Know the basics
1. What is heart failure?
Heart failure is a term used to describe a heart that cannot keep up with its workload and not pumping blood around the body efficiently.
In people with this health condition, blood moves around the body and through the heart at a slower rate. Because of the inadequate amount of blood, the chambers of the heart may respond by stretching to hold more blood or by becoming stiff and thickened. This may help to keep the blood moving, but the heart muscle will eventually weaken and unable to work effectively. As a result, the kidneys may respond by causing the body to retain fluid and salt. However, the fluid builds up in the body parts and cause congestion.
Heart failure is different from heart attack and cardiac arrest.
This health condition is a common yet very serious condition. It can affect patients at any age. Currently, heart failure has no cure, but it can be managed by reducing your risk factors. Please discuss with your doctor for further information.
2. What are the symptoms of heart failure?
The common symptoms of heart failure are:
- Shortness of breath during activity or rest;
- Extreme fatigue;
- Swelling feet, ankles, stomach or lower back areas.
There may be some symptoms not listed above. If you have any concerns about a symptom, please consult your doctor.
3. When should I see my doctor?
You should contact your doctor when you have any of the following:
- Increased swelling in you feet, legs, ankles or abdomen;
- Inability to do daily activities;
- Coughing at night;
- Confusion or restlessness;
- Chest pain;
- Fast heart rate (over 120/minute while at rest).
If you have any signs or symptoms listed above or have any questions, please consult with your doctor. Everyone’s body acts differently. It is always best to discuss with your doctor what is best for your situation. If heart failure is found early, your treatment may be easier and more effective.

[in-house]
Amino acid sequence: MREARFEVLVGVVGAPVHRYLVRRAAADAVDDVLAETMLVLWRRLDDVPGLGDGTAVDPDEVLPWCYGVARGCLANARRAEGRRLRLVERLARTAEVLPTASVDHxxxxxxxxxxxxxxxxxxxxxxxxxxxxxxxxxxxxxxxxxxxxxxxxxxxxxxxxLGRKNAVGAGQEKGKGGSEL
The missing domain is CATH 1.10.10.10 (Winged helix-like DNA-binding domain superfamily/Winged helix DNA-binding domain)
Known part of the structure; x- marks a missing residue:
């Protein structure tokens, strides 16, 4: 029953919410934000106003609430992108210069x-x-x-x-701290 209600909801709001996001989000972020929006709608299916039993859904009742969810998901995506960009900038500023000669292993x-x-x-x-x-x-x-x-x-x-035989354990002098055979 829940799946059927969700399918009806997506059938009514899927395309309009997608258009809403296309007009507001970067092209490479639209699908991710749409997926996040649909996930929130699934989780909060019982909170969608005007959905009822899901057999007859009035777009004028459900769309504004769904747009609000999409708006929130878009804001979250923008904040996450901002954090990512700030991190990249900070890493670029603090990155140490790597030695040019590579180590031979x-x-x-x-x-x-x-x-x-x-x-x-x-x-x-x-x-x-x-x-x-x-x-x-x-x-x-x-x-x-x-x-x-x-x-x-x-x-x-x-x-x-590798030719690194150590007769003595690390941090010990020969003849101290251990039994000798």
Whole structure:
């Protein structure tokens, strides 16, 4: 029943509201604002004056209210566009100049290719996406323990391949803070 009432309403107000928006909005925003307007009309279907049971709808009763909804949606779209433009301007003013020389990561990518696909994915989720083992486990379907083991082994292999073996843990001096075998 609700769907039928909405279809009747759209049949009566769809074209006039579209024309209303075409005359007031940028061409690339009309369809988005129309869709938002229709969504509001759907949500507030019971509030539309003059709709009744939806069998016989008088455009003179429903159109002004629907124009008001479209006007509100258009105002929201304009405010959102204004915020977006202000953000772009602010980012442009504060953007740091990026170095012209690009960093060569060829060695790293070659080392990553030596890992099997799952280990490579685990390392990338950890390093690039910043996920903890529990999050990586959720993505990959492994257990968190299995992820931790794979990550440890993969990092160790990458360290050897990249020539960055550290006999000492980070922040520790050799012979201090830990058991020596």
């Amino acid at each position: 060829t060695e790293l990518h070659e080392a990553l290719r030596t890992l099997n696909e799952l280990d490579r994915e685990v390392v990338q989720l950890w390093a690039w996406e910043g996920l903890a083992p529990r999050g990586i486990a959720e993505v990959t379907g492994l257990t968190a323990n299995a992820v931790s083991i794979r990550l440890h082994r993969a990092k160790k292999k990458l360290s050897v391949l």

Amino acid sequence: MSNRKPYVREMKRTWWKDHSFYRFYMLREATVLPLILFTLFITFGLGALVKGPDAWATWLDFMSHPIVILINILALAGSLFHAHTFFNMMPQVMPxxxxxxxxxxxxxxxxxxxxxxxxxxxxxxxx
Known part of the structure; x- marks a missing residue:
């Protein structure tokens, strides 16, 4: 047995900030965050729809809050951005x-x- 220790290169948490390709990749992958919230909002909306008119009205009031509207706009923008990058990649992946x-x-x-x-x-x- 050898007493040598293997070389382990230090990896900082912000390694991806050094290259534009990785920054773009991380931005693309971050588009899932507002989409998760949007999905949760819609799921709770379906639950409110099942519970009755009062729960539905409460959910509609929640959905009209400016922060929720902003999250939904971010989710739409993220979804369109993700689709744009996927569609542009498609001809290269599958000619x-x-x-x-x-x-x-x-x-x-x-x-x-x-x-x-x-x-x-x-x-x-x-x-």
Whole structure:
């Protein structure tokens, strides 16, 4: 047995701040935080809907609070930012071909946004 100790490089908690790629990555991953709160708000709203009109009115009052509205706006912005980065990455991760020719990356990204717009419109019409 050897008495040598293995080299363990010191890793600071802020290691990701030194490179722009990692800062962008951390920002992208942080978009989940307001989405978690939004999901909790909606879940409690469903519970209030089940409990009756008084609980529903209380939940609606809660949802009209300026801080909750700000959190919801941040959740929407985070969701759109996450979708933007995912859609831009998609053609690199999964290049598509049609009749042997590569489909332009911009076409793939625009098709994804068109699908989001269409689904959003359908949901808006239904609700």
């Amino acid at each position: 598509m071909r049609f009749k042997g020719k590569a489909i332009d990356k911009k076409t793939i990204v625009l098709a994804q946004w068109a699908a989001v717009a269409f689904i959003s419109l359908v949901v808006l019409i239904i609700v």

Diagnosis & Treatments
1. How is heart failure diagnosed?
To diagnose heart failure your doctor will first ask you questions about your symptoms and medical history. Your doctor will want to know:
- If you have any other health conditions such as diabetes, kidney disease, angina (chest pain), high blood pressure, high cholesterol, coronary artery disease, or other heart problems.
- Whether you have a family history of heart disease or sudden death.
- If you smoke or use tobacco.
- Whether you drink alcohol and how much you drink.
- If you have been treated with chemotherapy and/or radiation.
- What medications you are taking.
Your doctor will perform a complete physical exam such as blood tests, chest x-ray, electrocardiogram, stress test, etc.
2. How is heart failure treated?
Until now, there is no permanent cure for this health condition. There are treatments that could only control the symptoms and help people live a full and active lives. To help you control your blood pressure and help the pumping action of the heart, doctors may prescribe medications, including:
- Angiotensin-converting enzyme (ACE) inhibitors;
- Angiotensin II receptor blockers;
- Beta blockers;
- Water pills;
- Aldosterone antagonists;
1. What causes heart failure?
There are many things that can lead to heart failure. Most cases is caused by another disease. Some common causes of heart failure are:
- Hypertension (high blood pressure);
- Sleep disorder;
- Alcohol or recreational drugs;
- Some cancer treatments.
2. What increases my risk for heart failure?
There are many risk factors for heart failure, such as:
- Coronary heart disease;
- High blood pressure;
- Eating foods rich in fat, cholesterol and sodium;
3. What are some lifestyle changes or home remedies that can help me manage heart failure?
Doctor will also give you advice about making changes to your lifestyle such as:
- Be active;
- Try to quit or reduce smoking;
- Manage stress;
- Maintain a healthy weight;
- Eat a healthy diet;
- Limit cholesterol intake;
- Control diabetes.
Need further information? Contact GO.CARE manage team to get more details from expert doctors and medical specialists.
GO.CARE does not provide medical advice, diagnosis or treatment.
When to Call Your Doctor or Nurse About Heart Failure Symptoms. http://my.clevelandclinic.org/services/heart/disorders/heart-failure-what-is/hic_When_to_Call_Your_Doctor_or_Nurse_About_Heart_Failure_Symptoms. Accessed June 12, 2016.
Diagnosis – How Heart Failure is Diagnosed. http://my.clevelandclinic.org/services/heart/disorders/heart-failure-what-is/hic_How_Heart_Failure_is_Diagnosed. Accessed June 12, 2016.
Heart failure. https://www.bhf.org.uk/heart-health/conditions/heart-failure. Accessed June 12, 2016.
8 Lifestyle Changes to Protect Your Heart. http://www.everydayhealth.com/hs/heart-disease-risk/lifestyle-changes-protect-heart/. Accessed June 12, 2016.